Hepatitis C Virus – Epidemiology – Interactive Patient Flow Model – Global

Based on DRG’s gold-standard Epidemiology data, the Interactive Patient Flow Model provides insight into the epidemiology of HCV for five different treatment scenarios.

With the introduction of DAAs, an effective cure for HCV, the epidemiology and consequent future size of the HCV drug market will be radically transformed. The more patients with HCV who get treated with DAAs, the fewer people will have HCV. But the situation is more complex than this simple piece of logic. For, the fewer people that have the HCV circulating in their blood, the lower the risk of anyone without HCV of being infected. Meanwhile, as time passes for those older people living with undiagnosed HCV, the more likely that they will become diagnosed as the disease progresses.

While DRG Epidemiology’s HCV forecast models these factors into a global HCV forecast, there are other scenarios that can be examined. With DRG Epidemiology’s interactive patient flow model for HCV, each of these scenarios can be played out across 45 countries worldwide. Each scenario comprises more than 50 patient populations, forecast to 2030. The scenarios are depicted via interactive graphical patient flow diagrams, each one showing the patient flow between different disease states from a different perspective.

The model comes with extensive tabulation of data, description of methods and data sources used, and full support from our infectious disease epidemiology team. The model is available as an MS Excel deliverable, downloadable from the top right.

One of the most informative of these counterfactual scenarios is if DAAs were not launched, thus enabling to see their true impact on HCV epidemiology apart from demographic factors such as the aging of the older generation who were exposed to the virus prior to its characterization and public health prevention policies.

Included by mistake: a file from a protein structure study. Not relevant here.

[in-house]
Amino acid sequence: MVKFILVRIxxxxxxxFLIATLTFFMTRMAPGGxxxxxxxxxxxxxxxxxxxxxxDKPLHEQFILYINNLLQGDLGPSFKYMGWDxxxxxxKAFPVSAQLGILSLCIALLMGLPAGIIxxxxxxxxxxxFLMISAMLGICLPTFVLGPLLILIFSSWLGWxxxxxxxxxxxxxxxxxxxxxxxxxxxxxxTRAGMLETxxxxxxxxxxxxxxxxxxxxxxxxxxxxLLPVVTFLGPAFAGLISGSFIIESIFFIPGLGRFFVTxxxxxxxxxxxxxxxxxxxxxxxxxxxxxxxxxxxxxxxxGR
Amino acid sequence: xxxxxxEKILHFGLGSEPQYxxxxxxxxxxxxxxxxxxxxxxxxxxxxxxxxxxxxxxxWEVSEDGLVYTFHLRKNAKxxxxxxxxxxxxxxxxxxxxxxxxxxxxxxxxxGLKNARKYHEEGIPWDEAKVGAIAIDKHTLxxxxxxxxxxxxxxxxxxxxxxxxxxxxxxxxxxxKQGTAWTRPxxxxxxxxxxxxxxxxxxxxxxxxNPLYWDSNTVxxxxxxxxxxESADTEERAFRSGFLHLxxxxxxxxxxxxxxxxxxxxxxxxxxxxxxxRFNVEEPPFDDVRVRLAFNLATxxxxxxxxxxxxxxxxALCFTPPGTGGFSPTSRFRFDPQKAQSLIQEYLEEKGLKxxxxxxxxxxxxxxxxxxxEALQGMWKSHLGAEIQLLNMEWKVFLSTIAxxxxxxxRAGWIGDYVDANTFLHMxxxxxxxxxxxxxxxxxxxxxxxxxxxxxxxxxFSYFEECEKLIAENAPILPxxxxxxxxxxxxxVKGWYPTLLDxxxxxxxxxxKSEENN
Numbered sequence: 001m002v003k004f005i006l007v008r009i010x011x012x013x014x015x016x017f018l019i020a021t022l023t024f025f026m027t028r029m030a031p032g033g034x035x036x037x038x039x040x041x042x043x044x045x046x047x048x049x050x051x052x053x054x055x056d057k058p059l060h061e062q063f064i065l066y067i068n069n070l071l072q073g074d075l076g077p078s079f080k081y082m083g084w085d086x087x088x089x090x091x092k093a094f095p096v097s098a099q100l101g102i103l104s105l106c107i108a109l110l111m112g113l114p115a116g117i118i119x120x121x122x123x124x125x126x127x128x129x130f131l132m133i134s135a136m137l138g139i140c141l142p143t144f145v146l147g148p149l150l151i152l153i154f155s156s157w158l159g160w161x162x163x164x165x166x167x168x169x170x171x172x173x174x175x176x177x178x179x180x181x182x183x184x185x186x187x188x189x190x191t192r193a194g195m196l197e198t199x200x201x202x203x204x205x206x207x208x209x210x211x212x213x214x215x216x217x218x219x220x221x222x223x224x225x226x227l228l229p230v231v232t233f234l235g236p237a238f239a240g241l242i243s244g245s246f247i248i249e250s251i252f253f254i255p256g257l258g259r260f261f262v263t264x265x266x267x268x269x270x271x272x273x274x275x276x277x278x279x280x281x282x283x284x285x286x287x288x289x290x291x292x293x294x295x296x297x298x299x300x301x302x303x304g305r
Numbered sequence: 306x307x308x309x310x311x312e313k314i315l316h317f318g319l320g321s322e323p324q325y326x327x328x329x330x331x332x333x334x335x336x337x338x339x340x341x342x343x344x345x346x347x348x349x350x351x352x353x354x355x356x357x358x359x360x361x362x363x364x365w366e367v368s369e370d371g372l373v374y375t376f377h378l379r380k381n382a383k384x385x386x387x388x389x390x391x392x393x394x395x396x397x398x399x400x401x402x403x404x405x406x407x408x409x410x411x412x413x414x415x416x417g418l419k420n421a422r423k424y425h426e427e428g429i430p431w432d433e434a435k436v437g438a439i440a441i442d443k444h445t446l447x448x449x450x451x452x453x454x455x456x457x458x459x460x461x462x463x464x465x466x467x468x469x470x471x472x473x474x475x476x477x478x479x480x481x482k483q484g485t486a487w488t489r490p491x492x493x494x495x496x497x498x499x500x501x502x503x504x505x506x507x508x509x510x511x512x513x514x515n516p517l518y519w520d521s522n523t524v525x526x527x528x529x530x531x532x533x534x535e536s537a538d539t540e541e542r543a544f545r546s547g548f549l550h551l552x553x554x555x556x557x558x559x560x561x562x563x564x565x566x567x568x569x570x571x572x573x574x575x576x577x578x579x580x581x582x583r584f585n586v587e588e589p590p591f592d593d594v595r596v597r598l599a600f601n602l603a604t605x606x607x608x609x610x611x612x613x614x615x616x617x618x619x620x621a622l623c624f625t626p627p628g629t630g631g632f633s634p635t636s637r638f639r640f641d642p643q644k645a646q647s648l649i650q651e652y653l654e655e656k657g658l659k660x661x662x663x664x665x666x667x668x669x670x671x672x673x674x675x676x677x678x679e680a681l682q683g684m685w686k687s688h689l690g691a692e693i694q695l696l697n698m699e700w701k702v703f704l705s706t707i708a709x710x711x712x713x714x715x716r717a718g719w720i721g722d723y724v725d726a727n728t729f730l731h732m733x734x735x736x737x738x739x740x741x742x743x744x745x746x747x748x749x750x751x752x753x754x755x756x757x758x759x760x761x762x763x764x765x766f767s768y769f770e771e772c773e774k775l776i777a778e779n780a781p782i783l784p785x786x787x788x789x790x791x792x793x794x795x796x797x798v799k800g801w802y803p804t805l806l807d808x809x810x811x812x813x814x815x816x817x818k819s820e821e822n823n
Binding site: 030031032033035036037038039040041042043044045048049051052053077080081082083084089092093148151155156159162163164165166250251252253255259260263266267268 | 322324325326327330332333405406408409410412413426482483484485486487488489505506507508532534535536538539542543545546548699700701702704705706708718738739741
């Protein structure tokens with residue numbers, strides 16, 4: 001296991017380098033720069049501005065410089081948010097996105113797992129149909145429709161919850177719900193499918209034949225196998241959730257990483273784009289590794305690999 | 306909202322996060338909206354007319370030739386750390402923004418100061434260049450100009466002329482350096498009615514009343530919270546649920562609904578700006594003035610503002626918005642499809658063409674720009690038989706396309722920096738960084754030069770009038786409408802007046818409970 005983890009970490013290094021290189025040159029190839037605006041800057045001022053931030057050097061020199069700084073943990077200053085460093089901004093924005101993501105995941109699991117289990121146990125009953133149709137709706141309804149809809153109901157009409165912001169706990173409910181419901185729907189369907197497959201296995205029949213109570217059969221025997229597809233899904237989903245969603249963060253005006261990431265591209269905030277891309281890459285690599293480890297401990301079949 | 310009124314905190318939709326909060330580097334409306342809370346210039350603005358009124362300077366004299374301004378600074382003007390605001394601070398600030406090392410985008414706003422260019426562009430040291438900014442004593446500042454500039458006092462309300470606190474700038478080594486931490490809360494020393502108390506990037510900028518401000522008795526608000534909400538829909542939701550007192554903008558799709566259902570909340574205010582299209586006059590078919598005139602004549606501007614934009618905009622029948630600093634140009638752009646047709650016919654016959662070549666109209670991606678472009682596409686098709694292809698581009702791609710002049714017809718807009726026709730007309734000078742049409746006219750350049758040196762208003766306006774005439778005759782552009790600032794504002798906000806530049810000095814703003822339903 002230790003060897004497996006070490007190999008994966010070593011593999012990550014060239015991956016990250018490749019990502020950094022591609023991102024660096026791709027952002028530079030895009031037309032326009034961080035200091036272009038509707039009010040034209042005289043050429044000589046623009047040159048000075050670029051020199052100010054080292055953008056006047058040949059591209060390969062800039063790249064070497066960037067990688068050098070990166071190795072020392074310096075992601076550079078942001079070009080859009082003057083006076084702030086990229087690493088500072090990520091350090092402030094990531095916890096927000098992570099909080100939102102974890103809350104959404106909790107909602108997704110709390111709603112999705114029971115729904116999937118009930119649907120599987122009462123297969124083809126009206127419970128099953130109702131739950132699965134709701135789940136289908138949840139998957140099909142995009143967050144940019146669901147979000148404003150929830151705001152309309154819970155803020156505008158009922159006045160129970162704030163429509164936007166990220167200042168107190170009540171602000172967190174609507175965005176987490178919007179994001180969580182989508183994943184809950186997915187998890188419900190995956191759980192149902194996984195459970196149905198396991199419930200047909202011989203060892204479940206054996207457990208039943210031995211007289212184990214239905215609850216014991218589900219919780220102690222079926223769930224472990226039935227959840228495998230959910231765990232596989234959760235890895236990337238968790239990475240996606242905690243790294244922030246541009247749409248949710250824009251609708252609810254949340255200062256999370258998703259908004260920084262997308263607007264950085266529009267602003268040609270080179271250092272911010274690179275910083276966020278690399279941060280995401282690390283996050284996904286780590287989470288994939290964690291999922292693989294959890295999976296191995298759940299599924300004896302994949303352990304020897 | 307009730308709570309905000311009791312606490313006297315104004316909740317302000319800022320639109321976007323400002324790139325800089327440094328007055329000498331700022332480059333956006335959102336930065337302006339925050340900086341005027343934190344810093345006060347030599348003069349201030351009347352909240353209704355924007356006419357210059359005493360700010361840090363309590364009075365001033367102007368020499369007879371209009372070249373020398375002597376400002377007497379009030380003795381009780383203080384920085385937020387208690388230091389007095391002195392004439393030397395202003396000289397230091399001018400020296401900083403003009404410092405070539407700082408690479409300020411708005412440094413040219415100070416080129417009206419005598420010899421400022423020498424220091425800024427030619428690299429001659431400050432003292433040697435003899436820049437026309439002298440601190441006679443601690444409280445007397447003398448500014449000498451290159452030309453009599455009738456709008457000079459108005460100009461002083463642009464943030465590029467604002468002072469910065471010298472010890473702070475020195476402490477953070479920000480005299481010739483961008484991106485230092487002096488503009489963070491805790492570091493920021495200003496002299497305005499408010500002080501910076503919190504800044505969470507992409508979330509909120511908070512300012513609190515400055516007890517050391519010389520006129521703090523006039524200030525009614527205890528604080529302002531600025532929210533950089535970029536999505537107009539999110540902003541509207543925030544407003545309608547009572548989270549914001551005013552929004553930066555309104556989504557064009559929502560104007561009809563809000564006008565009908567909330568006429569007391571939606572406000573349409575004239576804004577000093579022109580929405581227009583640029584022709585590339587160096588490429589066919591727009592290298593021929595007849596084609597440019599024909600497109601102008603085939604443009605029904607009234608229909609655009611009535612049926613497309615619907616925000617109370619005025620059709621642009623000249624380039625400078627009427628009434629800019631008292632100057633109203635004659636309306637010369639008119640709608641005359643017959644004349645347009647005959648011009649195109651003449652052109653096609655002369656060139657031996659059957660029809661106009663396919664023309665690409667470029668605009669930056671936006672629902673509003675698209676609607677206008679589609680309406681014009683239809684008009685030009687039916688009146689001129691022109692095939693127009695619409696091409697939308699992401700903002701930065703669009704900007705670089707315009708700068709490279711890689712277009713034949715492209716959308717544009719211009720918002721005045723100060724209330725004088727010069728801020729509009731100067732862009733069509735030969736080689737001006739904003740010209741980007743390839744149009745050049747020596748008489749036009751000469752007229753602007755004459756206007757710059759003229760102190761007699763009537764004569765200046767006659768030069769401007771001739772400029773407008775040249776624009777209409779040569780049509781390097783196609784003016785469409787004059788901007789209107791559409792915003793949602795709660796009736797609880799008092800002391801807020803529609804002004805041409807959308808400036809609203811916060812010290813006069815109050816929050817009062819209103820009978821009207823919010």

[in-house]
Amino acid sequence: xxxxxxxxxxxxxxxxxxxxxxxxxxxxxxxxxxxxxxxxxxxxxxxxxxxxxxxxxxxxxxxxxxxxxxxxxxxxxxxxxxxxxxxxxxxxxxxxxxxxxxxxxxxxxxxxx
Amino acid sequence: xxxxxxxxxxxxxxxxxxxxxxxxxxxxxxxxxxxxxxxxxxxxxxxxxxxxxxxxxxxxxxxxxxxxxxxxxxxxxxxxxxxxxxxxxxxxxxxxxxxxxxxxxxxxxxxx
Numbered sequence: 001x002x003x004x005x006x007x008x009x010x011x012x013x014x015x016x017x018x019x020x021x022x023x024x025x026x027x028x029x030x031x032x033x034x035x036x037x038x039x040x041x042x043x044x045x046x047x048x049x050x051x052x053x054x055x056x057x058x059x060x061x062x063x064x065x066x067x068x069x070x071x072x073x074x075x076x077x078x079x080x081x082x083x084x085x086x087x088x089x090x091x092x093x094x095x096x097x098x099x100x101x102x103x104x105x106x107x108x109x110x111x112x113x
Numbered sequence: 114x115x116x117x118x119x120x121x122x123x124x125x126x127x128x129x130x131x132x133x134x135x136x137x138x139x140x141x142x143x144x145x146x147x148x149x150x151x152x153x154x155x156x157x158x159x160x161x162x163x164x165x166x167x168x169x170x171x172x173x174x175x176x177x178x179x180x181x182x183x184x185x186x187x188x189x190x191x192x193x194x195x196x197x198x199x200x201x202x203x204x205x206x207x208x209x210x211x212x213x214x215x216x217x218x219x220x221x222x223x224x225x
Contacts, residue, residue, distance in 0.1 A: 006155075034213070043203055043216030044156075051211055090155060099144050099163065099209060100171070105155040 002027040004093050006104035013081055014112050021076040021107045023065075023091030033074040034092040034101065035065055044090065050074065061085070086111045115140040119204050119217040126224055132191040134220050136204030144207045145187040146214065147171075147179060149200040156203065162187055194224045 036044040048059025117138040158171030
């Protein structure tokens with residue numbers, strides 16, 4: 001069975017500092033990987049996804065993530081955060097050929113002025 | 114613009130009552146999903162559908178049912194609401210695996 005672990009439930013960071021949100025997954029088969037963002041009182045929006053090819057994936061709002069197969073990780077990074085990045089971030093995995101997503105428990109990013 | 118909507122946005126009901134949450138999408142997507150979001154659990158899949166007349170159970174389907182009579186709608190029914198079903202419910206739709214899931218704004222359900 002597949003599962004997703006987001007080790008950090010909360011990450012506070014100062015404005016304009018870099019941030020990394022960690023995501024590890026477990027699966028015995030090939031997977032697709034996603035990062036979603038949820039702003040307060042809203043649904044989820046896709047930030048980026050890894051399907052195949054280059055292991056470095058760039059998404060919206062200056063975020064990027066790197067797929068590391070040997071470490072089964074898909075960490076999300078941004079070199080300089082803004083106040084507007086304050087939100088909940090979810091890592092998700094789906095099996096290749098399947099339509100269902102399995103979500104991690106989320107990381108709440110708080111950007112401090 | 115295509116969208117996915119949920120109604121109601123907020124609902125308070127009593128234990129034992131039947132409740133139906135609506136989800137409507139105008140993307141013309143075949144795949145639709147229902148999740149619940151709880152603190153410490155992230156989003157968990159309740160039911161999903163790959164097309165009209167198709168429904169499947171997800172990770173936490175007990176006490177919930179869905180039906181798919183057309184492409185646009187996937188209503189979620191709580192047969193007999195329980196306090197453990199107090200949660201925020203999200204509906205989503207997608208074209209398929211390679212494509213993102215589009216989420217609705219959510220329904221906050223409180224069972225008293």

Other interesting scenarios to play out are those where treatment is restricted to only those high-risk HCV cases. Namely, those with liver cirrhosis. This allows players in the HCV space to estimate – at a global level – the minimum eligible market size on the assumption that there will be strong advocacy for treatment of these high-risk cases. On the flip side of this is where constraints on healthcare providers’ budgets are loosened worldwide, so that even more resource-constrained countries in the developing world have the same treatment patterns as high-income western European countries.

Finally, the WHO development goals for both the diagnosis and treatment of HCV also effectively specify a counterfactual scenario. Namely: if these goals were to be achieved, what would be the result in terms of the prevalence of HCV worldwide?

Questions Answered

  • How will different treatment patterns affect the size of the eligible and treated HCV patient population in 45 countries over the next decade and beyond?
  • How will the commercial objectives for your HCV assets need to change in response to unanticipated reimbursement and policy shifts among payers?
  • In which countries should I focus my commercial strategy to maximize revenues from a shrinking eligible population?
  • Under what national or international set of policy objectives would the RoI on my HCV assets be maximized over the coming decade and beyond?
  • How does restricting HCV treatment based on disease severity affect the commercial viability of your HCV asset?

Key Benefits and Uses

  • Compare five different treatment scenarios and the effect of these scenarios on the epidemiology of HCV in 45 countries.
  • Understand how different treatment scenarios impact the HCV epidemic over a 15-year forecast
  • Make assumptions about the viability of HCV assets across 45 different countries.
  • Understand changes in the diagnosis and drug-treatment of HCV populations, defined by viremia, genotype and cirrhosis status, related to different treatment scenarios.

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